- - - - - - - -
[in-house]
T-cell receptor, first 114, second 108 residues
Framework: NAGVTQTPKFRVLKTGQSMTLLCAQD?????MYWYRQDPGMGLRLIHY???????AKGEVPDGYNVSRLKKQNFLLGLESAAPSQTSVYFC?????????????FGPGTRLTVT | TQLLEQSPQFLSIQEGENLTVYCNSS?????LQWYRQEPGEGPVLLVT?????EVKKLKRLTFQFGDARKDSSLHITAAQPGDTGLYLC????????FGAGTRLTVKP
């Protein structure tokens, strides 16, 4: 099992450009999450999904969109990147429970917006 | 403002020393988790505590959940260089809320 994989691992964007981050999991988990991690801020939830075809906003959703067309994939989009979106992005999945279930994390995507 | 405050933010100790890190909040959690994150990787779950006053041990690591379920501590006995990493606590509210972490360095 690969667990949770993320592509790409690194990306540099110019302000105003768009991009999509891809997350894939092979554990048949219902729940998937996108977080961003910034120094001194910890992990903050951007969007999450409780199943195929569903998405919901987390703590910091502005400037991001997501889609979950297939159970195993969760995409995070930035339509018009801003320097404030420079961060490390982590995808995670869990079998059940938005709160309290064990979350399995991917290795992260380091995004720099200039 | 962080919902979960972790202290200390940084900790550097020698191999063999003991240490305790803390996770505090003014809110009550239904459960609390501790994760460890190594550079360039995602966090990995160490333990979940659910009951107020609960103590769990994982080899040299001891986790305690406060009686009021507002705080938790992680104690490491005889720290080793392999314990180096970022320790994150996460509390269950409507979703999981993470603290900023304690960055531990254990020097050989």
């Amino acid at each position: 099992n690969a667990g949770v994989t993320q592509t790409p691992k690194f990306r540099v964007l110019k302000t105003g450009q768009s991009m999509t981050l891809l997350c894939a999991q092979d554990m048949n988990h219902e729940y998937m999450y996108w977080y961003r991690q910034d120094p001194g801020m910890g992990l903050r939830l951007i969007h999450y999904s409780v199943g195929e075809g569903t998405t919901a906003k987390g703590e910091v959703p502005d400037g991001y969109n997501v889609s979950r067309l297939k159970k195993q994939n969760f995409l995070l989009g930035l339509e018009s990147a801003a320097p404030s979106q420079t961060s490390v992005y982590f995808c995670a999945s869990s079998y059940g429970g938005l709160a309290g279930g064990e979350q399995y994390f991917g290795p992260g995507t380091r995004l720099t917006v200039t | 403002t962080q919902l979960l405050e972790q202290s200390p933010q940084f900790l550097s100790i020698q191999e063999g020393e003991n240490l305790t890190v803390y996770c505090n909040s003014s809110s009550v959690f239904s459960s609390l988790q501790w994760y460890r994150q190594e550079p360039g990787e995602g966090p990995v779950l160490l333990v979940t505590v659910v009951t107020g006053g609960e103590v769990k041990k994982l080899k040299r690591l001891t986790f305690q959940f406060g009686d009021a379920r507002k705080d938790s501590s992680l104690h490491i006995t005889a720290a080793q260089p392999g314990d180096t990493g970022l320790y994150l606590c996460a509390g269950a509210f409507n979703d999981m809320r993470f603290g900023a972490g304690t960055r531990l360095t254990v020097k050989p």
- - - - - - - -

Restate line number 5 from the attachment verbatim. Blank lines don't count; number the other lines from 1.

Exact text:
């Amino acid at each position: 099992n690969a667990g949770v994989t993320q592509t790409p691992k690194f990306r540099v964007l110019k302000t105003g450009q768009s991009m999509t981050l891809l997350c894939a999991q092979d554990m048949n988990h219902e729940y998937m999450y996108w977080y961003r991690q910034d120094p001194g801020m910890g992990l903050r939830l951007i969007h999450y999904s409780v199943g195929e075809g569903t998405t919901a906003k987390g703590e910091v959703p502005d400037g991001y969109n997501v889609s979950r067309l297939k159970k195993q994939n969760f995409l995070l989009g930035l339509e018009s990147a801003a320097p404030s979106q420079t961060s490390v992005y982590f995808c995670a999945s869990s079998y059940g429970g938005l709160a309290g279930g064990e979350q399995y994390f991917g290795p992260g995507t380091r995004l720099t917006v200039t | 403002t962080q919902l979960l405050e972790q202290s200390p933010q940084f900790l550097s100790i020698q191999e063999g020393e003991n240490l305790t890190v803390y996770c505090n909040s003014s809110s009550v959690f239904s459960s609390l988790q501790w994760y460890r994150q190594e550079p360039g990787e995602g966090p990995v779950l160490l333990v979940t505590v659910v009951t107020g006053g609960e103590v769990k041990k994982l080899k040299r690591l001891t986790f305690q959940f406060g009686d009021a379920r507002k705080d938790s501590s992680l104690h490491i006995t005889a720290a080793q260089p392999g314990d180096t990493g970022l320790y994150l606590c996460a509390g269950a509210f409507n979703d999981m809320r993470f603290g900023a972490g304690t960055r531990l360095t254990v020097k050989p």